The most coveted of all Falcons has traditionally been the mighty 1971 XY Falcon GTHO Phase III !
It’s incredible race heritage, especially it’s dominance of Mount Panorama in Bathurst, makes this the centre piece of Australian motorsport history and will keep it as the most coveted. In fact, Jeff Thomson’s car holds the current record for the highest price paid for an Australian car and the highest price paid for a Ford Falcon when it sold at Lloyds for $1,030,000.
Now stand back as that record is about to be blown away by the GTHO successor to the Phase III, the 1972 Falcon XA GTHO Phase IV!
Of course it’s now recorded in history that the Super Car Scare of the same year brought about the demise of the Phase IV, as well as Holden’s XU2 and Chryslers’ 340ci Magnum powered Charger.
It was the headline in the papers, and an article written by a fame seeking journalist that declared 160MPH Super Cars were being planned for the Australian roads that put fear into the Government. Not the public mind you, but the Government who saw it fit to ban these cars from that year on. In fact in the debate in parliament, it was the Falcon GTHO Phase IV that was actually mentioned by name as being the bad boy!
Holden’s plan for the XU2 hadn’t materialised yet, so they were least impacted, however Chrysler and Ford had real cars ready for the road (and track), so they took the biggest hit of the ban.
Ford was quite clever though, and decided to offer the parts of the Phase IV as a Build Option with the XA Falcon. Known as the RPO, the parts that had caused fear in the Government were snuck out the door on `standard’ GT Falcons. Those who knew what they were buying, knew how to buy !
But that’s a story for another time. This genuine, 1972 XA Falcon GTHO Phase IV, is one of 3 that were race prepped and the only one that remains un-restored and in absolute mint condition with just over 4,000kms on the odometer.
Currently sitting on a bod of $A1,560,000 with just over a day to run, it is expected that the car will fetch a record for an Australian car and possibly exceed $3,000,000!
Here’s Lot 6 from Lloyds Auctions;
- 1972 Ford Falcon XA GTHO Phase IV
- Year: 1972
- Make: Ford
- Model: Falcon XA GTHO
- Series: Phase IV
- Body: Sedan
- Odometer: Indicating TBA
- Engine: 351C Manual
- Transmission: 4-Speed Manual
- Colour: Brambles Red
- VIN/Chassis No: JG33MC78489K
- ENG No: JG33MC78489
- Seats: 5
- Description/extras: You’ve heard the stories. You’ve seen pictures. This is the reality.
This is the Ford Falcon XA GTHO Phase IV, the only car to make front page news, be mentioned in parliament and change the face of motor racing in Australia forever.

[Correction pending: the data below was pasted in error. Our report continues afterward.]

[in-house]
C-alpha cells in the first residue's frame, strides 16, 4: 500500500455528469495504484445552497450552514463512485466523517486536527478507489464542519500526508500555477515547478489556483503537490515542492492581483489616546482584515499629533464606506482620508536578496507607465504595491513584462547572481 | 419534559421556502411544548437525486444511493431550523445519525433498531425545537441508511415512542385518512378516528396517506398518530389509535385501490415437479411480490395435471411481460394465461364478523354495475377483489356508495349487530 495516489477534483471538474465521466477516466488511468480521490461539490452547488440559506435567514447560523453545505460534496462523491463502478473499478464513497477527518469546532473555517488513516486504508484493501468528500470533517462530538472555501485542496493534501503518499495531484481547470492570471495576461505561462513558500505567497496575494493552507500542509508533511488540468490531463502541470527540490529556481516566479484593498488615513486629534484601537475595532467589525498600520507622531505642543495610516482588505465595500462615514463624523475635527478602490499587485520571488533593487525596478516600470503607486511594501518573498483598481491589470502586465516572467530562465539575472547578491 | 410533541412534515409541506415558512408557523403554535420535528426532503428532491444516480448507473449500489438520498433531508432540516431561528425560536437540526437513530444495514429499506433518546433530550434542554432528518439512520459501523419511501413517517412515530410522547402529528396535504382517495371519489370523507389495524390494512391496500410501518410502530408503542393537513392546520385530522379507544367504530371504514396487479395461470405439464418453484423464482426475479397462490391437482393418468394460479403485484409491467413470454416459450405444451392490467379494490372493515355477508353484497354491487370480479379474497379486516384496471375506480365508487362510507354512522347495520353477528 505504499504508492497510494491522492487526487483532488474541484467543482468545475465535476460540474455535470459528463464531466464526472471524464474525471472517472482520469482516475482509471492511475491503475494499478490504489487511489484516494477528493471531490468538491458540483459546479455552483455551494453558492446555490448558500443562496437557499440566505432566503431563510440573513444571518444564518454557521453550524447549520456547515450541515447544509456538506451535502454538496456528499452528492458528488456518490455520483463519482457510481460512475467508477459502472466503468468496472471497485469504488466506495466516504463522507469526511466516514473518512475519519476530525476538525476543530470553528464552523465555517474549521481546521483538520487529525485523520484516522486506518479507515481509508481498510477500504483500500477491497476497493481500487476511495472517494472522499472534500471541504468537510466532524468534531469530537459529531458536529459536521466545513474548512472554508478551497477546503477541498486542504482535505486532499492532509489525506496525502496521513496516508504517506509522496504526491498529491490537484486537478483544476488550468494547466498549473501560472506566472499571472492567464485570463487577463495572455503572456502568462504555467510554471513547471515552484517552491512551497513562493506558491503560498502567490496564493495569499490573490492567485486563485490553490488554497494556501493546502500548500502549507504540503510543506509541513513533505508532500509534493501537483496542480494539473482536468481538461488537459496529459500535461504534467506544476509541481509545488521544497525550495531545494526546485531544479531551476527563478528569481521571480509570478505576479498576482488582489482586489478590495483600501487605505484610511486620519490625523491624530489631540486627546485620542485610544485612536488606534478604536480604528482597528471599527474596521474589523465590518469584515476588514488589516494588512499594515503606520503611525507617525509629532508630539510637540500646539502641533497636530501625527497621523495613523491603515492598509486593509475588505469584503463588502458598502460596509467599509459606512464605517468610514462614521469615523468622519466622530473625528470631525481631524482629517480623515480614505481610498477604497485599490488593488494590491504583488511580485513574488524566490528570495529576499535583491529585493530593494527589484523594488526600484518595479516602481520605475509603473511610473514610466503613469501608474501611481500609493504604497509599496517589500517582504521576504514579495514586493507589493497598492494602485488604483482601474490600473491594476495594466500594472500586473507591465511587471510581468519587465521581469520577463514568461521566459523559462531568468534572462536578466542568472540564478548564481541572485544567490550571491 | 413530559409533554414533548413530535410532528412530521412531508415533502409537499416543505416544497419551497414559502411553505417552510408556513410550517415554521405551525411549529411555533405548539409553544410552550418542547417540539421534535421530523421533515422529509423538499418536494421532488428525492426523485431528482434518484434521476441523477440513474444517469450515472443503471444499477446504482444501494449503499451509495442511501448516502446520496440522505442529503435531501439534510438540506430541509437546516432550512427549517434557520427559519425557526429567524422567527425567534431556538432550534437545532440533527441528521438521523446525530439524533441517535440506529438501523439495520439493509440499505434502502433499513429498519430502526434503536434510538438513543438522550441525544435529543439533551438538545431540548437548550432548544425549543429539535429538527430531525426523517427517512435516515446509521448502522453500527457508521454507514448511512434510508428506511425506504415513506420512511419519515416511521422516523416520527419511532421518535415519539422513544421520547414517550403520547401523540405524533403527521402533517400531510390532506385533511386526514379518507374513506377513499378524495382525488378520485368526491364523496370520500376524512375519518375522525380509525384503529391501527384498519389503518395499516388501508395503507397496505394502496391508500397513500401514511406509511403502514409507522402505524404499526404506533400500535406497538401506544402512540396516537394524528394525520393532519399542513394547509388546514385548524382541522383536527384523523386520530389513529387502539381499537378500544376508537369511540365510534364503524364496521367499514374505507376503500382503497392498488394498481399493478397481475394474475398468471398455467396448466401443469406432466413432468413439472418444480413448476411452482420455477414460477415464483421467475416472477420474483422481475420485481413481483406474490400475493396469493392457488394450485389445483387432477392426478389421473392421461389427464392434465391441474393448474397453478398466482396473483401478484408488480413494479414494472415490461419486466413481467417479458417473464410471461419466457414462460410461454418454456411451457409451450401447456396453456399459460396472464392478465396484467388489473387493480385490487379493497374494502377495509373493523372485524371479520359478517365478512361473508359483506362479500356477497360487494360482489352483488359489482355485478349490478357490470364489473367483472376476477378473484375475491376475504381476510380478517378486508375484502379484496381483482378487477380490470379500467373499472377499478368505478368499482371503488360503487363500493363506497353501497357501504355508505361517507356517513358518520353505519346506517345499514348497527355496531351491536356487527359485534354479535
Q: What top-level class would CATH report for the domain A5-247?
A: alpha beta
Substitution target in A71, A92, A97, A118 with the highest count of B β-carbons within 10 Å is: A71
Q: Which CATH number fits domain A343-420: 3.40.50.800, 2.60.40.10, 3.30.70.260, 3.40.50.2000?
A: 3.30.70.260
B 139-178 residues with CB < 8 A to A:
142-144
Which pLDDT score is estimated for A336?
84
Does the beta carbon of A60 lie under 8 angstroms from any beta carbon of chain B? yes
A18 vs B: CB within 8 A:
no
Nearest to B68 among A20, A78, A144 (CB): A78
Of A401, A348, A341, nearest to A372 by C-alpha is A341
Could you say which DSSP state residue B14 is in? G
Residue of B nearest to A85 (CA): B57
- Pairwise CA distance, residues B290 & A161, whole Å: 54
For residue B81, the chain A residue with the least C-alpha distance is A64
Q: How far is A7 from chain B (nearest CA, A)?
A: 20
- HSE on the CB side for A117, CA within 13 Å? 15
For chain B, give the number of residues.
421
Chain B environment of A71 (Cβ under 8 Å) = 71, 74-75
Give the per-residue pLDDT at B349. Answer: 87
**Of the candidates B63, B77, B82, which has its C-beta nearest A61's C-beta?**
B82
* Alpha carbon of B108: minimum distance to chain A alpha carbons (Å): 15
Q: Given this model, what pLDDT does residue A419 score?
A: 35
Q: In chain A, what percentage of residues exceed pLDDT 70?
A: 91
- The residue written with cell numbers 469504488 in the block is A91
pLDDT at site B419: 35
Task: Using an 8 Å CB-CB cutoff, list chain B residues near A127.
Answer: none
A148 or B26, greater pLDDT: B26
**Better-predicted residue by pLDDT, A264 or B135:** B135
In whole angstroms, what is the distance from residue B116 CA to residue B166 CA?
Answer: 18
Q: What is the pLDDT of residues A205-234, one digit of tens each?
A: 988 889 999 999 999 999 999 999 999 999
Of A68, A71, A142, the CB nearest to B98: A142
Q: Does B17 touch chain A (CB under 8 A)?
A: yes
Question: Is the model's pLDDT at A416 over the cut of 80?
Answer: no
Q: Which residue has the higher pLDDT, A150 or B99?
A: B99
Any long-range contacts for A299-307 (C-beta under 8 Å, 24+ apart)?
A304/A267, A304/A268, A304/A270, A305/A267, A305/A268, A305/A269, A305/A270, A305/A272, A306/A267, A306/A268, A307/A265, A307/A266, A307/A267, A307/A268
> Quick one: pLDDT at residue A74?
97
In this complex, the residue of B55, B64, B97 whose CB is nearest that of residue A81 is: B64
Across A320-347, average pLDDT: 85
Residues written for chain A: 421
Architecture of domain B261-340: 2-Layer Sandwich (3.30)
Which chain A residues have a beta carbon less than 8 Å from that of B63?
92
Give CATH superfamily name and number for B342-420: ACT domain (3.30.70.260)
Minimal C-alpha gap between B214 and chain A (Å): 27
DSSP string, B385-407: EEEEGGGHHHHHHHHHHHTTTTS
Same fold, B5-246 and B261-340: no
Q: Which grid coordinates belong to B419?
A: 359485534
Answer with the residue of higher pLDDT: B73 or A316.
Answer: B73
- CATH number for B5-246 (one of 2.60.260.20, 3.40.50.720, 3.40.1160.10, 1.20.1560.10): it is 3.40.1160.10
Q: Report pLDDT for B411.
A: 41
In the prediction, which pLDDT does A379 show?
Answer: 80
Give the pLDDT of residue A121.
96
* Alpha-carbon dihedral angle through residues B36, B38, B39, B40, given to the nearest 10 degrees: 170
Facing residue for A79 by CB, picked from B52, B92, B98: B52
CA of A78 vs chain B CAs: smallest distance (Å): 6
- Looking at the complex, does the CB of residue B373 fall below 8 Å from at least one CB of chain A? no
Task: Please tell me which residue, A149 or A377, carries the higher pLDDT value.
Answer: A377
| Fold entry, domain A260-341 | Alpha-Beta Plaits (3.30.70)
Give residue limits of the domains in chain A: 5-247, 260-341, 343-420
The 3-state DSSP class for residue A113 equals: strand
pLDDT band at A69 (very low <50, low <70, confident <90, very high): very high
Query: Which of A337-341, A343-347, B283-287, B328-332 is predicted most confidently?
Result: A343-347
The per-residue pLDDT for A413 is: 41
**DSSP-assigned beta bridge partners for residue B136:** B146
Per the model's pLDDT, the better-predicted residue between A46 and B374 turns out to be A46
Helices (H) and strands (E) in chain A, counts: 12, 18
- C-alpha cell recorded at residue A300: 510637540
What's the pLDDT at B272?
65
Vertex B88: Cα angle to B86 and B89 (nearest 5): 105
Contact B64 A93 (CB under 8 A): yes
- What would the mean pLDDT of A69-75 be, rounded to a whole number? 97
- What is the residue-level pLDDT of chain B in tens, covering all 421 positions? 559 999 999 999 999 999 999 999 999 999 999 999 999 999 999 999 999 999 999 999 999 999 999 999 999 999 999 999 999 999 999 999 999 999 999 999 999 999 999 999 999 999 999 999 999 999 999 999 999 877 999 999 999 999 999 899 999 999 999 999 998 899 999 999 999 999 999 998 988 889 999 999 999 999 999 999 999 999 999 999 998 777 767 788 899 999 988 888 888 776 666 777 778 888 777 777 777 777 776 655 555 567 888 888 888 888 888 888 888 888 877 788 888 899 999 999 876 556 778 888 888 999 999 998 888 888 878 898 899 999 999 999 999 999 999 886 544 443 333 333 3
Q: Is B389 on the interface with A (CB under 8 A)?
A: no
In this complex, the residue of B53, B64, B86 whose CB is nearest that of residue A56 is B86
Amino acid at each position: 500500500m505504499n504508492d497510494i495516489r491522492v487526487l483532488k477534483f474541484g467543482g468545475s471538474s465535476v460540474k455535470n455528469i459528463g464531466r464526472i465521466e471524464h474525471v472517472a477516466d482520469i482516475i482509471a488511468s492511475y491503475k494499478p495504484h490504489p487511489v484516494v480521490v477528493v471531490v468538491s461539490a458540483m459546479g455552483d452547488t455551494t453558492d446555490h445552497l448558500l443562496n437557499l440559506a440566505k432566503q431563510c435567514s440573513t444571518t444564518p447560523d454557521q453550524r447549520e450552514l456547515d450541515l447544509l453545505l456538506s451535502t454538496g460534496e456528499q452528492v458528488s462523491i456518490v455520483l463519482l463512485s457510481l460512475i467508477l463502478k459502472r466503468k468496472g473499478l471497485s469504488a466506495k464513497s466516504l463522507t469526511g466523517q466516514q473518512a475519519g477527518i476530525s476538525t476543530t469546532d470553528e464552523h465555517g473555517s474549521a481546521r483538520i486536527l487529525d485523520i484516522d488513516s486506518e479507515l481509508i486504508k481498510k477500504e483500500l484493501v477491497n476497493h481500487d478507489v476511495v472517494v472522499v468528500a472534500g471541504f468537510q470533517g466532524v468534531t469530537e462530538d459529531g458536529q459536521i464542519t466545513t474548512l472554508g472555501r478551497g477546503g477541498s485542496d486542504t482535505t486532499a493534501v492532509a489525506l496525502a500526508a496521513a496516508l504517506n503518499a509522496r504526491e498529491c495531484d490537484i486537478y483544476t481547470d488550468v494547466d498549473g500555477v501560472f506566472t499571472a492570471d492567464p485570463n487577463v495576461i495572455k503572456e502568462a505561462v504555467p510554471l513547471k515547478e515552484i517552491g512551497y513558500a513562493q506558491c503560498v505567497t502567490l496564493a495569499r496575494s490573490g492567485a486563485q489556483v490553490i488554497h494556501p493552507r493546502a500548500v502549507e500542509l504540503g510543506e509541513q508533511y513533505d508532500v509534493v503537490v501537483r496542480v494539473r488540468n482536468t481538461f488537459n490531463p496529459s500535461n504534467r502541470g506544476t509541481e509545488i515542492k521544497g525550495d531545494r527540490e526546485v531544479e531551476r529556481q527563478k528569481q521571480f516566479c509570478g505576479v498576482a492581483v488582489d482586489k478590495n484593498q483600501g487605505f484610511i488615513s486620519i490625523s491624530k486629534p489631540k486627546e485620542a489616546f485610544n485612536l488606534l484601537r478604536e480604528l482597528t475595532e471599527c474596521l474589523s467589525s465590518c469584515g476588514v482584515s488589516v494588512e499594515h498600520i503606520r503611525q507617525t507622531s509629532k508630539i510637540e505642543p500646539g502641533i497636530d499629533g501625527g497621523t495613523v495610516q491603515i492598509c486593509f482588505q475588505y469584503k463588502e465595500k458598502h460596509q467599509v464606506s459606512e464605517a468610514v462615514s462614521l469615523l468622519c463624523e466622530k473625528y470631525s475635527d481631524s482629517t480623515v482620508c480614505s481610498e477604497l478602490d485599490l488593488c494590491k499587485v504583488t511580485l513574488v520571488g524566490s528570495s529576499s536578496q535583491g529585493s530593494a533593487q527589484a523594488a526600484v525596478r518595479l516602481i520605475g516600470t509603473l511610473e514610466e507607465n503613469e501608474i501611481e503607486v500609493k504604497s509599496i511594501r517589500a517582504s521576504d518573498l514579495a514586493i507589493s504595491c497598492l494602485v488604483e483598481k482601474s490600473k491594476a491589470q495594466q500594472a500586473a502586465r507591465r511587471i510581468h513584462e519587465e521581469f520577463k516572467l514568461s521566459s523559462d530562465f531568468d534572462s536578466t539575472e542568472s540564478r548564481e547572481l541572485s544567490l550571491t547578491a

Bathurst 1971. The XY GTHO Phase III dominates qualifying for the The Great Race with eight of the top 10 grid positions wearing the Blue Oval. 130 laps of Mt Panorama later Phase III drivers make it a Ford lockout on the podium with Allan Moffat on the top step. Ford rules Bathurst one again and Falcons fly out of showrooms across Australia.
1972 sees Ford, Holden and Chrysler hell-bent on bringing bigger, better, faster cars to race on Sunday to help sell the road-going equivalents on Monday. The fight is on.
Holden has the LJ Torana but now with a V8. Chrysler looks to the 340ci V8 to boost its Charger and Ford has a brand new model with a more aerodynamic body to slice through the air down Conrod Straight. The ‘Big Three’ are hungry for racing glory and they are putting everything into making the fastest cars they can.
160MPH ‘Super Cars’ Soon screamed the headlines on 25 June 1972. A week later, the Torana XU2
would be a dream, the 340ci Charger would be forgotten and the XA GTHO Phase IV would be dead.
“Bullets on Wheels” was what the secretary for the N.S.W Minister for Transport whispered directly into the ear-hole of a journalist looking for a scoop who spewed the message onto the front page of the daily newspapers. This was ‘The Super Car Scare’ and for better or worse it changed Aussie performance cars forever.
This XA GTHO is one of only three race cars made before the Super Car Scare forced Ford to abandon its plans to continue the legend of the GTHO Phase cars and dominate racing in Australia. Built in Ford’s Special Vehicles unit known as ‘Lot 6’ these three Phase IV cars were going to be driven by Allan Moffat and Fred Gibson with one car as a spare. Sadly this never happened.
The rarity of the Phase IV has given the car mythical status and now it sits at the pinnacle of Aussie muscle cars with a legend, a back story, and a value that is unparalleled.